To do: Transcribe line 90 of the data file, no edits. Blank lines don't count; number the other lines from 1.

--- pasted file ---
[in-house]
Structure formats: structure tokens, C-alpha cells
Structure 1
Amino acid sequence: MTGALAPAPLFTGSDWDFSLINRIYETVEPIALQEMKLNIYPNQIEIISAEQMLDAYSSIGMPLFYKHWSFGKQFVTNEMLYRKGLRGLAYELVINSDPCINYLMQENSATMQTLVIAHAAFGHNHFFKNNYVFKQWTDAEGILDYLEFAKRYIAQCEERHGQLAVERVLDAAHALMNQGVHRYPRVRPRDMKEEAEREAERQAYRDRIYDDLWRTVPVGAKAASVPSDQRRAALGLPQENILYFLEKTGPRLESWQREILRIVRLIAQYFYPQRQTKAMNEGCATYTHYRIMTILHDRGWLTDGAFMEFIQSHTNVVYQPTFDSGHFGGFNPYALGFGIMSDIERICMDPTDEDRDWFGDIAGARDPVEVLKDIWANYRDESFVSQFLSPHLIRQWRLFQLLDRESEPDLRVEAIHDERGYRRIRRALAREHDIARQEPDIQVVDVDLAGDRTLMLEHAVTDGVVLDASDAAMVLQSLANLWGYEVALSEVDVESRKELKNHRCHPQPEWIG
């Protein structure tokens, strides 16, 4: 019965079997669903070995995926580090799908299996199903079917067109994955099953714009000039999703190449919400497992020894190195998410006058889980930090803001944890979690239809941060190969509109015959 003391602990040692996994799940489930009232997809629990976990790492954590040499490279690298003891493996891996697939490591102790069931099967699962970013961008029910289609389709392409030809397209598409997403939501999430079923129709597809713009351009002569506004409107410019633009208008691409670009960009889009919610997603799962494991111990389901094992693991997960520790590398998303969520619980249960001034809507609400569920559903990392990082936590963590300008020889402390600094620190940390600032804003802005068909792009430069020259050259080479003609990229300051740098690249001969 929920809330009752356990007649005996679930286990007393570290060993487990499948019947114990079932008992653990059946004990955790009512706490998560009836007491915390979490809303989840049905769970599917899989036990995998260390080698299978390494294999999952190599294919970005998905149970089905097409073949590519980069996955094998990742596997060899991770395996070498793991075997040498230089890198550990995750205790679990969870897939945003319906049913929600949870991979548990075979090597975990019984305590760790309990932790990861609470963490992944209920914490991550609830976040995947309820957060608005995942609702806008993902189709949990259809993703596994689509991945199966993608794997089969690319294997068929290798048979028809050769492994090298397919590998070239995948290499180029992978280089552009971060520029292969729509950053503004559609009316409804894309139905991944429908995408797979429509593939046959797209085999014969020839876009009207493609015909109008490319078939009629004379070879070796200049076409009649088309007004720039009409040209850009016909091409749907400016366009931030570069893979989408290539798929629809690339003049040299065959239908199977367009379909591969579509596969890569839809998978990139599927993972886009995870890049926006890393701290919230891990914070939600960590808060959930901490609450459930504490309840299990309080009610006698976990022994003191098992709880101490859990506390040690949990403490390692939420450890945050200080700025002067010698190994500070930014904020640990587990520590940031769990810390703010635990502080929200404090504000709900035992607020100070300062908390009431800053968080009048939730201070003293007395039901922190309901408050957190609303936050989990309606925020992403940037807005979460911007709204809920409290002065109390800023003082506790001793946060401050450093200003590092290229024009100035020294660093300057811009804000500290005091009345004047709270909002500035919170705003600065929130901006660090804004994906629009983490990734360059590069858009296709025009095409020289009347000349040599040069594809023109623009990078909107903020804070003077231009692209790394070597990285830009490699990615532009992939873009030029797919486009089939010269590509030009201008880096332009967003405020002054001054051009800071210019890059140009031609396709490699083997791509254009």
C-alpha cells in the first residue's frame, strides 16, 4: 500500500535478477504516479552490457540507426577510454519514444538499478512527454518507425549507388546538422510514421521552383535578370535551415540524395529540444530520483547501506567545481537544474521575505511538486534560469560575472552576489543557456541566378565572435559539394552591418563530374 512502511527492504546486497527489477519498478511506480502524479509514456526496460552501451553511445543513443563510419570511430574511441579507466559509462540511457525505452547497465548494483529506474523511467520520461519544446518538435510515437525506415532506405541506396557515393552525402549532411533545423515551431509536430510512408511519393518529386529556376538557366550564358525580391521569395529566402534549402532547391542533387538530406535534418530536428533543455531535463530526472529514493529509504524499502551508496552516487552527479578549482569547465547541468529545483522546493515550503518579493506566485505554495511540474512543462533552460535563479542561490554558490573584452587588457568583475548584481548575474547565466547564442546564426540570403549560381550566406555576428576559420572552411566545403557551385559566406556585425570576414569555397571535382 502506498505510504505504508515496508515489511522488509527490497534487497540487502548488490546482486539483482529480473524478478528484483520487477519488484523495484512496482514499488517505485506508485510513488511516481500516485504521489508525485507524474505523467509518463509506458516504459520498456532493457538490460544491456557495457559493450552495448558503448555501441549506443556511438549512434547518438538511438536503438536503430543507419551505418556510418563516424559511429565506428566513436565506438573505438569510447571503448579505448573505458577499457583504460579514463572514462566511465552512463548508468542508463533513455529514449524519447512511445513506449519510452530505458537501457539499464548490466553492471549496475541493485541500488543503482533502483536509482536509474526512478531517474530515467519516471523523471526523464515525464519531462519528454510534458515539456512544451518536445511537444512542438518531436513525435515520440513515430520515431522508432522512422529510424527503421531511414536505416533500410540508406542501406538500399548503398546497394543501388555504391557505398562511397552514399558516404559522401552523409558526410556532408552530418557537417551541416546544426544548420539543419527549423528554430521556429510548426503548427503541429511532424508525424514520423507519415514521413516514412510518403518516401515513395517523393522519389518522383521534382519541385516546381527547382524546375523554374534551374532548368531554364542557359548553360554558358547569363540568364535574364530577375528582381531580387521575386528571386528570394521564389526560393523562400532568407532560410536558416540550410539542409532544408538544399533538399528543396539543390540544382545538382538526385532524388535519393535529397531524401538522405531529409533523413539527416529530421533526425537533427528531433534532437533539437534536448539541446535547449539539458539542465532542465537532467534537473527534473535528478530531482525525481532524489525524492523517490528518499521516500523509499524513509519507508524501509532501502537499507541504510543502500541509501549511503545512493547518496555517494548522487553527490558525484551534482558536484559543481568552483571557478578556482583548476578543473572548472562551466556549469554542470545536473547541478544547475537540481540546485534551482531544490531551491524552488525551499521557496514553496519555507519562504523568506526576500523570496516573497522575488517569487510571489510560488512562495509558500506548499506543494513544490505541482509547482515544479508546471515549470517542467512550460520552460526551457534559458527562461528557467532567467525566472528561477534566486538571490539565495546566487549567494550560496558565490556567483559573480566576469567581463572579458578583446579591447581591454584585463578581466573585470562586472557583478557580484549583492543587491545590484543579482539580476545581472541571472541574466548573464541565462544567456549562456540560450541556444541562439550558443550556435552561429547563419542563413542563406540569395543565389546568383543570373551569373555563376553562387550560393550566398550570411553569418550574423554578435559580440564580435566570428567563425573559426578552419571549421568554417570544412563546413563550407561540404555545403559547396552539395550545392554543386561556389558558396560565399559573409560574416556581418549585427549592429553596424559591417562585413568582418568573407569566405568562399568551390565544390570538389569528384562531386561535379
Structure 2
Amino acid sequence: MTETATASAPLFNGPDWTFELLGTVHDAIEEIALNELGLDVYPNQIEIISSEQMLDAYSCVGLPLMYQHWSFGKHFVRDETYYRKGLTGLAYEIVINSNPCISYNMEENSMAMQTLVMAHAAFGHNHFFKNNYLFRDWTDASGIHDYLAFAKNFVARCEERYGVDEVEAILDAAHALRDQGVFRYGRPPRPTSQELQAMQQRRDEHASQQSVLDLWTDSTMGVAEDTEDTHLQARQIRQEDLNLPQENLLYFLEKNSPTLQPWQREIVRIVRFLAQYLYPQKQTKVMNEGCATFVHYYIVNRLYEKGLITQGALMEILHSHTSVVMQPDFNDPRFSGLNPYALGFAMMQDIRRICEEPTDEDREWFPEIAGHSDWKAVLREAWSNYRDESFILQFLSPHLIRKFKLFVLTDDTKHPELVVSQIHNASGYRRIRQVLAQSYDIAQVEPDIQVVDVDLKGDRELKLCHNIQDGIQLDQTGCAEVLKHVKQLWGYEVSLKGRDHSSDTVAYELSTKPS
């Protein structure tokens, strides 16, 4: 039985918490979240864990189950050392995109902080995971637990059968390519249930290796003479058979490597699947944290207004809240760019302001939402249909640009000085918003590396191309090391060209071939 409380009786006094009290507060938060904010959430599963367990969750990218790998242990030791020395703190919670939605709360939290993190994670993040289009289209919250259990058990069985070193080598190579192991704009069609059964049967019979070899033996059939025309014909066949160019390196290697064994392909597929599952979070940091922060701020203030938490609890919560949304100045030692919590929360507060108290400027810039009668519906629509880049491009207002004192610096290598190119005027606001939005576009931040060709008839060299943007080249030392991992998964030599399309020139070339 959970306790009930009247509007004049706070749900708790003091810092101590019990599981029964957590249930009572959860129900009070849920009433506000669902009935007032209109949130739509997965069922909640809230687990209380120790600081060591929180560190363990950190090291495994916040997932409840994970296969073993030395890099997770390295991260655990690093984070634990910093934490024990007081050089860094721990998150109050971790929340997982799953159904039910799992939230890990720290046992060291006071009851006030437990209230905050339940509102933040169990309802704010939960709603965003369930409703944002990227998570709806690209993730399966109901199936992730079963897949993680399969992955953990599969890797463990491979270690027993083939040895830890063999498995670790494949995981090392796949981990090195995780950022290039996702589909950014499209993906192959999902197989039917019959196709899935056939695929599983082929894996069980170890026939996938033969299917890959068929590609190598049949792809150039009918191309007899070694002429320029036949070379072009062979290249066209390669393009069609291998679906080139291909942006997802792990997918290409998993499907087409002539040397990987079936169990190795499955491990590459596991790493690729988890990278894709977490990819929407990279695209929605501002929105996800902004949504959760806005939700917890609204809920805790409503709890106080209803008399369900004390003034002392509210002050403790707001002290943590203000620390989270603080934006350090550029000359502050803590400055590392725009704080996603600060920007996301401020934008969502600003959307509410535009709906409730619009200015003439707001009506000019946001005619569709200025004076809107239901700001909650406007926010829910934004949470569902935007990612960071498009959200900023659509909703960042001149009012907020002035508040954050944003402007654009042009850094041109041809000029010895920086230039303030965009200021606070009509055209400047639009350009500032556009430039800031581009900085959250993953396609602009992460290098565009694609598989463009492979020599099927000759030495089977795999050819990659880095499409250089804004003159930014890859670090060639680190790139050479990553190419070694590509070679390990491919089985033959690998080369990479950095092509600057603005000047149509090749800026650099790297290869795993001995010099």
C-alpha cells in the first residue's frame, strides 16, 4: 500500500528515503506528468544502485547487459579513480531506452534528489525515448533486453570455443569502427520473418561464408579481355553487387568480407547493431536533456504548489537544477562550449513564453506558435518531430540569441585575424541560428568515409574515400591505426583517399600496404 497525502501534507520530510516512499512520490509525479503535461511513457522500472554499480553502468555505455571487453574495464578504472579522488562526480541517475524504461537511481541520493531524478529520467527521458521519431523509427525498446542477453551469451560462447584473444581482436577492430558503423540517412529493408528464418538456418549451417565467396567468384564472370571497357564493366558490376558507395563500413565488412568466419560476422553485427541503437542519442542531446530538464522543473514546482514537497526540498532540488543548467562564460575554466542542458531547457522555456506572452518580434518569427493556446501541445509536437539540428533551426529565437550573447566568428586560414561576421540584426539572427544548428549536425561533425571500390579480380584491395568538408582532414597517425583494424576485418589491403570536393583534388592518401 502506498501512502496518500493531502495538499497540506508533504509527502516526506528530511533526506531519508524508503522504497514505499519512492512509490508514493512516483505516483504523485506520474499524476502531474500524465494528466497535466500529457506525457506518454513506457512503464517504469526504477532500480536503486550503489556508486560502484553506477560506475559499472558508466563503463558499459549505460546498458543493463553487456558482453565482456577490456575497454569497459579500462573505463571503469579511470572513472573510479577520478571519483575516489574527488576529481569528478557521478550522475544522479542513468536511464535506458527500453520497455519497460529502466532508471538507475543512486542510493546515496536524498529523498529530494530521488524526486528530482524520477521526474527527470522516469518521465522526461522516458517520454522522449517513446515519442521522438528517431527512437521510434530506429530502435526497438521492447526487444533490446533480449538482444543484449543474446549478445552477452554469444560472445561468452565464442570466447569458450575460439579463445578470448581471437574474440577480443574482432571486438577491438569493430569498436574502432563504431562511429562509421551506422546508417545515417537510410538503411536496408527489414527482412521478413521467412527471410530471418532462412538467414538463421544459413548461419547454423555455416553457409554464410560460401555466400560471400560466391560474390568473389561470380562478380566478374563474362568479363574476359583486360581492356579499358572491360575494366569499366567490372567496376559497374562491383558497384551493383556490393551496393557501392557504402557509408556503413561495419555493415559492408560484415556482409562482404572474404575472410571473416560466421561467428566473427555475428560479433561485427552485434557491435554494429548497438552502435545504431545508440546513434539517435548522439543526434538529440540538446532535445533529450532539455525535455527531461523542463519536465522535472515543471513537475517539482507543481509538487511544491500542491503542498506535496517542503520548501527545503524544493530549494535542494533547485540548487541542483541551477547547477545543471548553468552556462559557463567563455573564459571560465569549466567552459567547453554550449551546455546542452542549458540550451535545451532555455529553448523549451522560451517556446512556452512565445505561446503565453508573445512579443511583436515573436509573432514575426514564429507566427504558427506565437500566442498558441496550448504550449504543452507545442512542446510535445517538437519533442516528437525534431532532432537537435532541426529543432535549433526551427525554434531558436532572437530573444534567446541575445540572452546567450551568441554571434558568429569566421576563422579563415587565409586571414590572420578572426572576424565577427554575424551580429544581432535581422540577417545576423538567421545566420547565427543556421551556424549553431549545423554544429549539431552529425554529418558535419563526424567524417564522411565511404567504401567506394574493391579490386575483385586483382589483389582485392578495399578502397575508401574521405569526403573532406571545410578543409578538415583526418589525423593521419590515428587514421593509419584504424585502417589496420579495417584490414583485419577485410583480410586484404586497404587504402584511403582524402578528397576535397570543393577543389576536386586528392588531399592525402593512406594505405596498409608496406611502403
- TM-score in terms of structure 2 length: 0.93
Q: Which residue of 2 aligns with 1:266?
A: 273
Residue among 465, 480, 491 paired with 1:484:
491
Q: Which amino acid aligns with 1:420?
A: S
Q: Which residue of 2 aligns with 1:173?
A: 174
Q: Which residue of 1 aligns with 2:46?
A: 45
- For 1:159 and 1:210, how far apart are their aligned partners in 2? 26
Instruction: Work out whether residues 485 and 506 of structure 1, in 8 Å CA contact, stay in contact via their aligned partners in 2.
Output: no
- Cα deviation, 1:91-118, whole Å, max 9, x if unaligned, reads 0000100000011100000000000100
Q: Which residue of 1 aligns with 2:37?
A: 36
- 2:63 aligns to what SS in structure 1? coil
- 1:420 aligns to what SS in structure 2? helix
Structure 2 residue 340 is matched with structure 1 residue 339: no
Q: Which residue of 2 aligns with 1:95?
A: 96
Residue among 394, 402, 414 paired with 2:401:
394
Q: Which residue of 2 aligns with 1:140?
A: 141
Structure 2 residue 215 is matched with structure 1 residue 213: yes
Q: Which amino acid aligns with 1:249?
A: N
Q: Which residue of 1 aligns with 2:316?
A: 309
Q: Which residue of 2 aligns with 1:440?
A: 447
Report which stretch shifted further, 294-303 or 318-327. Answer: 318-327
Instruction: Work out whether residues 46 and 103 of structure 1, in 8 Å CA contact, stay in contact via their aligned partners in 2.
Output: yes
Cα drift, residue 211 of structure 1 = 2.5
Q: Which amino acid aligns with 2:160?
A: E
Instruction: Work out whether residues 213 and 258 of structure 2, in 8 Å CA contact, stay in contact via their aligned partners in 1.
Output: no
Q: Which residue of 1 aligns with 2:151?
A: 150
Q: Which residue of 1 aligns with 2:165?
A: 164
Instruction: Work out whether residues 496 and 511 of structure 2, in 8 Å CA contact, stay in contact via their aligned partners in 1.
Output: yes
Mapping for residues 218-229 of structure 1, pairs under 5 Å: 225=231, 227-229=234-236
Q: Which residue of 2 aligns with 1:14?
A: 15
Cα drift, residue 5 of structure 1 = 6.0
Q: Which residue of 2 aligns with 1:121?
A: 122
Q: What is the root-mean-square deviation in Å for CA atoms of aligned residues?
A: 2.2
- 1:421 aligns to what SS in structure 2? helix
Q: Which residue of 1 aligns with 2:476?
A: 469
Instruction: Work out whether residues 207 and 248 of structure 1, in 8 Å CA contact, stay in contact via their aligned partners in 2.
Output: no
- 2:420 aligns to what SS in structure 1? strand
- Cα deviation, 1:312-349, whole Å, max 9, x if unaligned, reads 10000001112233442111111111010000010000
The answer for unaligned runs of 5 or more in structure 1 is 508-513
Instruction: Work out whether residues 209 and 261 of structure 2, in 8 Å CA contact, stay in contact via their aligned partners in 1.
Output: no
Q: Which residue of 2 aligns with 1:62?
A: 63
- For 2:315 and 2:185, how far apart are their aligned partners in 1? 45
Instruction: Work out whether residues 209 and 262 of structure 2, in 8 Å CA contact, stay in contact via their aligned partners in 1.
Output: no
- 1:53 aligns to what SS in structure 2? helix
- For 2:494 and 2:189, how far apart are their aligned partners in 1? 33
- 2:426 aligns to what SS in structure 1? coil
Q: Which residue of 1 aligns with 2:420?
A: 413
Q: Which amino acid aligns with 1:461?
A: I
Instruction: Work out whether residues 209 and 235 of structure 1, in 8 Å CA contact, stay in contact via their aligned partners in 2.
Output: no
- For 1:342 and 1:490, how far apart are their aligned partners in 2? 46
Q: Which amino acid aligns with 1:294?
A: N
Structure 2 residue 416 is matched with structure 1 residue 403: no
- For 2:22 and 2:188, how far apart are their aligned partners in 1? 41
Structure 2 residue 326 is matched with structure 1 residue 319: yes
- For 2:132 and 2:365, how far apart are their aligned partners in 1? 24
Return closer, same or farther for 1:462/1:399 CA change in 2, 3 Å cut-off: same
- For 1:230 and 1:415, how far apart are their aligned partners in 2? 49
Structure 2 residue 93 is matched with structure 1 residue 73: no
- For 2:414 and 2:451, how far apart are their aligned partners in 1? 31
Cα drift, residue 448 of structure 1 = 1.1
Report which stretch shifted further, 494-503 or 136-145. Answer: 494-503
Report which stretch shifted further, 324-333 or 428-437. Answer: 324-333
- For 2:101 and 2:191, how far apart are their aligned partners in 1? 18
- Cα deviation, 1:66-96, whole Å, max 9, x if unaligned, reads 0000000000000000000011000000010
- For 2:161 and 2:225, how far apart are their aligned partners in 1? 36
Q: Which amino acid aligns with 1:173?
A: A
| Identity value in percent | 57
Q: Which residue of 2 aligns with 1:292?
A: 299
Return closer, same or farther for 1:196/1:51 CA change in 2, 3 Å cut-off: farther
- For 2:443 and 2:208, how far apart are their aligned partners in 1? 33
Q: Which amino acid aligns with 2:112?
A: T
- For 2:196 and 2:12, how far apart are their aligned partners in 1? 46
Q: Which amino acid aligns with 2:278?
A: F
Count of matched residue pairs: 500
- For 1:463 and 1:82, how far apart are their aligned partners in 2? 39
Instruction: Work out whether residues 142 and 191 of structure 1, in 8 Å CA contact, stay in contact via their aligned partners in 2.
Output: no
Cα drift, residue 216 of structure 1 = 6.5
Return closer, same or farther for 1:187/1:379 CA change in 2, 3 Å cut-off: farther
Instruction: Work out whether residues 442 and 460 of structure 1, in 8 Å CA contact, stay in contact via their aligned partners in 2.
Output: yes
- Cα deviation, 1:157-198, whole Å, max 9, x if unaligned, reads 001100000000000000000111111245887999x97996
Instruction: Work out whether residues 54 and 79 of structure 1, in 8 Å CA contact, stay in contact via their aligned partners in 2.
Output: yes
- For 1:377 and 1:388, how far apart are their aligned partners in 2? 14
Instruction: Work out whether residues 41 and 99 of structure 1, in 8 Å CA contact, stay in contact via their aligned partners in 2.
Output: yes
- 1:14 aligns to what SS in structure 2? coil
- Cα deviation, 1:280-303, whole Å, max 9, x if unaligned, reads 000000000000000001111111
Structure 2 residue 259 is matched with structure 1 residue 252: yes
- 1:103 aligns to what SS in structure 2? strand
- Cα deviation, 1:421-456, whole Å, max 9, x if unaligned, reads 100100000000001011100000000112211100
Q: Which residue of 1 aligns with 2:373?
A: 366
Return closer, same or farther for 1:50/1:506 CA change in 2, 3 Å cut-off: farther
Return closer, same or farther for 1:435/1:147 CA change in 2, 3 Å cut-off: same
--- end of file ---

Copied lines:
- For 1:342 and 1:490, how far apart are their aligned partners in 2? 46